Ending Mass Incarceration

In September 2019, CBST announced our new initiative to learn more about and work to end Mass Incarceration in the United States. 

Join us as we begin learning together as a community by joining our book club, reading Bryan Stevenson's Just Mercy, and planning to come to the book discussion event on Sunday November 24. Click here to learn more, including how to register and where to find a copy of the book. 

The United States incarcerates more of its people than any other nation on Earth. LGBTQ+ people are disproportionally represented in the prison population. And there is little or no support for returning citizens to rebuild their lives when they are released.

For five days in early March, Rabbi Sharon Kleinbaum and a group of nearly 40 CBST members in conjunction with Etgar 36 rode the trail of the civil rights movement in the American South, concentrating on the sites and stories associated with Rev. Dr. Martin Luther King Jr. from 1955 to 1968. On our second day, in Montgomery, Alabama, the same place as the iconic 1955 bus boycott, we visited two remarkable institutions created by Bryan Stevenson’s Equal Justice Initiative (EJI), a legal defense organization providing representation to people who have been illegally convicted, unfairly sentenced, or abused in state jails and prisons.  

Many of us returned from our journey inspired to deepen CBST’s social justice efforts in the area of mass incarceration and criminal justice reform, expanding on the re-entry work we began earlier this year with the Suitcase Project. Over the next several months, CBST will be exploring various ways that we can make a difference on this urgent civil rights issue, including continuing our work with recently released individuals, visiting re-entry courts and restorative justice programs, and partnering with faith-based and community organizations who are already leaders in the field.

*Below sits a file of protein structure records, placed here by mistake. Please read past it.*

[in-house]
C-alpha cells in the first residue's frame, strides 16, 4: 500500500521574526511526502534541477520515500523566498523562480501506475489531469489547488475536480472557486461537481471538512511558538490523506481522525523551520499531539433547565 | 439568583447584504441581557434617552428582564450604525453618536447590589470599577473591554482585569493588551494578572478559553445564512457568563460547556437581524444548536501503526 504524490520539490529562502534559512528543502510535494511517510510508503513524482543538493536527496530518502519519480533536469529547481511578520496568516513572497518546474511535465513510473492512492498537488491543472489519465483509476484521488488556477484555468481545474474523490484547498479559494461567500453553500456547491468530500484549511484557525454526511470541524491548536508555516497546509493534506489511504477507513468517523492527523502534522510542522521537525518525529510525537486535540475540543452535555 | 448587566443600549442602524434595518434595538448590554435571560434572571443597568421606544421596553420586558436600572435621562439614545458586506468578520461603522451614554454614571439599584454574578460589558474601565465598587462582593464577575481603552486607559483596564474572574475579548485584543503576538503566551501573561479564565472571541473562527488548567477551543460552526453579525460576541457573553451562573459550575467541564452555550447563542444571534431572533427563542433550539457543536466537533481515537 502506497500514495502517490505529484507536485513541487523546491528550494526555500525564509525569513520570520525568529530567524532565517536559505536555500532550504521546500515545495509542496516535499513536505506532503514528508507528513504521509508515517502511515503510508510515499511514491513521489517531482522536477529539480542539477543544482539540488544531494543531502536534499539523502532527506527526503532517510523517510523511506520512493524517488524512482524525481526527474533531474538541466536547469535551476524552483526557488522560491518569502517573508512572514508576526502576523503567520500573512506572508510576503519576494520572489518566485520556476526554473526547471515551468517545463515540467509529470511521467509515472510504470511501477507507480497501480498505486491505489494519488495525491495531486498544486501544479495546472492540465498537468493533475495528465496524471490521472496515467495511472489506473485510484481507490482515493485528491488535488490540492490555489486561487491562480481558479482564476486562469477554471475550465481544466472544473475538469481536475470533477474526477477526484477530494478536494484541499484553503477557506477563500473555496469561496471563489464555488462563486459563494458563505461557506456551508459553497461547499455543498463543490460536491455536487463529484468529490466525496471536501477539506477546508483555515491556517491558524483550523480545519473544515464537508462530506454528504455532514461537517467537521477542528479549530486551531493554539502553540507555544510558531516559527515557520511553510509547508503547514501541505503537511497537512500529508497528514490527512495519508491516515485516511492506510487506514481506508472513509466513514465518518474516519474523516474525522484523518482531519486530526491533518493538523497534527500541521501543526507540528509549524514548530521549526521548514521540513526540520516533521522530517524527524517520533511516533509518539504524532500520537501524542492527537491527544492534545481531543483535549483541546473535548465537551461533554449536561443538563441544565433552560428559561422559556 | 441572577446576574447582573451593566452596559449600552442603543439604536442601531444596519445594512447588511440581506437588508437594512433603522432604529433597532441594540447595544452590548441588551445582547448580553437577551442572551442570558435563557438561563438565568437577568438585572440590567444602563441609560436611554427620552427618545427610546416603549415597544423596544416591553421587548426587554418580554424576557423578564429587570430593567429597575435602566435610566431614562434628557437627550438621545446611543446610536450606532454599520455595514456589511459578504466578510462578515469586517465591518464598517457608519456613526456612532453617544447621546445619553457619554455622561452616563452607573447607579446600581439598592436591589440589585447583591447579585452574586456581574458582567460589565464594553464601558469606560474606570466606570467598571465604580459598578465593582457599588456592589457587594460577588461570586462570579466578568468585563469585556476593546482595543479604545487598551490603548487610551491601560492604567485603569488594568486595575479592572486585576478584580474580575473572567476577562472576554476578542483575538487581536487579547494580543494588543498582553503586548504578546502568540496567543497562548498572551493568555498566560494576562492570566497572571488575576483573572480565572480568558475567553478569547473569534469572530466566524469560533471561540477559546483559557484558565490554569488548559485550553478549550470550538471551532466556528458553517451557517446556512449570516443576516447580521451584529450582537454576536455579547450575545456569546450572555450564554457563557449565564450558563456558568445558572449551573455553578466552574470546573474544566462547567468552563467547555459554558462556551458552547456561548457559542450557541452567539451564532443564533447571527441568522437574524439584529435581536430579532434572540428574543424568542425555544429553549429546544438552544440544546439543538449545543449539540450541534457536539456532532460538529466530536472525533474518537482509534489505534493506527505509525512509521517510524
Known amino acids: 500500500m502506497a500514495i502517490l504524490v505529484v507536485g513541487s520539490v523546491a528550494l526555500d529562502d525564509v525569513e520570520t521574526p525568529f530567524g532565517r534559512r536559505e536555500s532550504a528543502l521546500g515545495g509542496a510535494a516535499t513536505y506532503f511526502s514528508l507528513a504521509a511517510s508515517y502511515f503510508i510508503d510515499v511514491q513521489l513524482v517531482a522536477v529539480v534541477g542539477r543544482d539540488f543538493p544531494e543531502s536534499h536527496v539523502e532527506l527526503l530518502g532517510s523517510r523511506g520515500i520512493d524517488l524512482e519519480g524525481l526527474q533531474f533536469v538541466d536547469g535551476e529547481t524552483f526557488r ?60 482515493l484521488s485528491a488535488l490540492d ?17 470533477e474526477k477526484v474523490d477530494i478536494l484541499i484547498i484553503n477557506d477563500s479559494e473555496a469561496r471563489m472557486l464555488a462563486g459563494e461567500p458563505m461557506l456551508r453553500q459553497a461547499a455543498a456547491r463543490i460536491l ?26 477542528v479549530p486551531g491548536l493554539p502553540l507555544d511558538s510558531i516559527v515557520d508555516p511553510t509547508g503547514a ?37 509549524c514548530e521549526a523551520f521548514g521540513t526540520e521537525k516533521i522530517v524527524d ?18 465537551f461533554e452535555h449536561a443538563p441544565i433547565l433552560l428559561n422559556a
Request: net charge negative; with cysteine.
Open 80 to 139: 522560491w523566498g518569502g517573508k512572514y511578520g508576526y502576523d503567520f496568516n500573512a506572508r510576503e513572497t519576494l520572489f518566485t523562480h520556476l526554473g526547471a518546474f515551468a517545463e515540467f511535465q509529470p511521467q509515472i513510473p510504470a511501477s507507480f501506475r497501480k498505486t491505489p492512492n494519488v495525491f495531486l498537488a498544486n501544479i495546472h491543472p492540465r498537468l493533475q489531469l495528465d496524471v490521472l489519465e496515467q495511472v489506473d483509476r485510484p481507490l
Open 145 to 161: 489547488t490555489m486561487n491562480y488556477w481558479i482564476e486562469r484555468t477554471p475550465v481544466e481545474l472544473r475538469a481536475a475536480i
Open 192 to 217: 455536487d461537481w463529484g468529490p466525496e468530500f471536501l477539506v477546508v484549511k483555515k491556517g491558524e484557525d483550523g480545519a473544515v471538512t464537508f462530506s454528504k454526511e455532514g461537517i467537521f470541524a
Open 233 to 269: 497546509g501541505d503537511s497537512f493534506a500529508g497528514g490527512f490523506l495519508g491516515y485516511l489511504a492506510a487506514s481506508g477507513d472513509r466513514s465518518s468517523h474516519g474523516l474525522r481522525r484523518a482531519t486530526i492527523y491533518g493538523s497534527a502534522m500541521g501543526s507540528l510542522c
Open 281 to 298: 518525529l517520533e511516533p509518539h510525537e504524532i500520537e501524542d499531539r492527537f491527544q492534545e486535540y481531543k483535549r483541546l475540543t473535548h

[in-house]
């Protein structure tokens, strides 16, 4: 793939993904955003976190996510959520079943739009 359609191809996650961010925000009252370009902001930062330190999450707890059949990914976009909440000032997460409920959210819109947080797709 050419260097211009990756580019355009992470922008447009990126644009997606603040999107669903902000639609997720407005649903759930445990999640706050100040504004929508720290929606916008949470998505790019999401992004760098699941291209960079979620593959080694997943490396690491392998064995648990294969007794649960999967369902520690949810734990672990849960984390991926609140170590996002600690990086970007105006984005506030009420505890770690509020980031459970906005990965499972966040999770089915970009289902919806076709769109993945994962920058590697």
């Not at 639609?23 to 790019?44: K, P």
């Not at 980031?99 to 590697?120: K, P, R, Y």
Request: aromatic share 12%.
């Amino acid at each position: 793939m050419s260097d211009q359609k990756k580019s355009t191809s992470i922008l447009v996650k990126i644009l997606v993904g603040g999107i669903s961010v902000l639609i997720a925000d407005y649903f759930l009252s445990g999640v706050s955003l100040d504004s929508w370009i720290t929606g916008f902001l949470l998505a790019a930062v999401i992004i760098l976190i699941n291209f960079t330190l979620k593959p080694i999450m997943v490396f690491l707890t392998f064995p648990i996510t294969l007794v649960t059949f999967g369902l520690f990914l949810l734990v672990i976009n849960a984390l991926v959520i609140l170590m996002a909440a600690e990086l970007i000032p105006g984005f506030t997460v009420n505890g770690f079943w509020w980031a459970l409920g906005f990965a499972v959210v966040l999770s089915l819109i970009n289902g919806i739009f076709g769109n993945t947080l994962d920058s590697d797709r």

On our Civil Rights Journey, we visited the National Memorial for Peace and Justice, where EJI brings to light the horrific story of lynching in the South, and the Legacy Museum, where EJI traces the history of racial inequality and economic injustice in the United States from enslavement to mass incarceration. According to Stevenson, the United States has the highest rate of incarceration of any nation on Earth, representing 4 percent of the planet’s population but 22 percent of its imprisoned. U.S. prisons held fewer than 300,000 people in the early 1970s, but since then, that number has grown to more than 2.2 million, with 4.5 million more on probation or parole. The U.S. criminal justice system also disproportionately impacts people of color, where one out of every three black men will spend time behind bars.

CBST is partnering with Witness to Mass Incarceration to provide suitcases to returning citizens. Each suitcase costs $2,000, and provides a person newly released with basic necessities to help them at they reenter society, including clothes that fit, toiletries, a computer so that they can begin to look for work, and a community to welcome them as they begin this new journey. Join us by clicking here to donate.

We highly recommend the resources that T’ruah has collected and created for Jewish communities working to end mass incarceration.

If you're interested in getting more involved on this issue, contact Rabbi Marisa James at rabbijames@cbst.org or Lee Jason Goldberg at leejgoldberg@gmail.com to learn more. 

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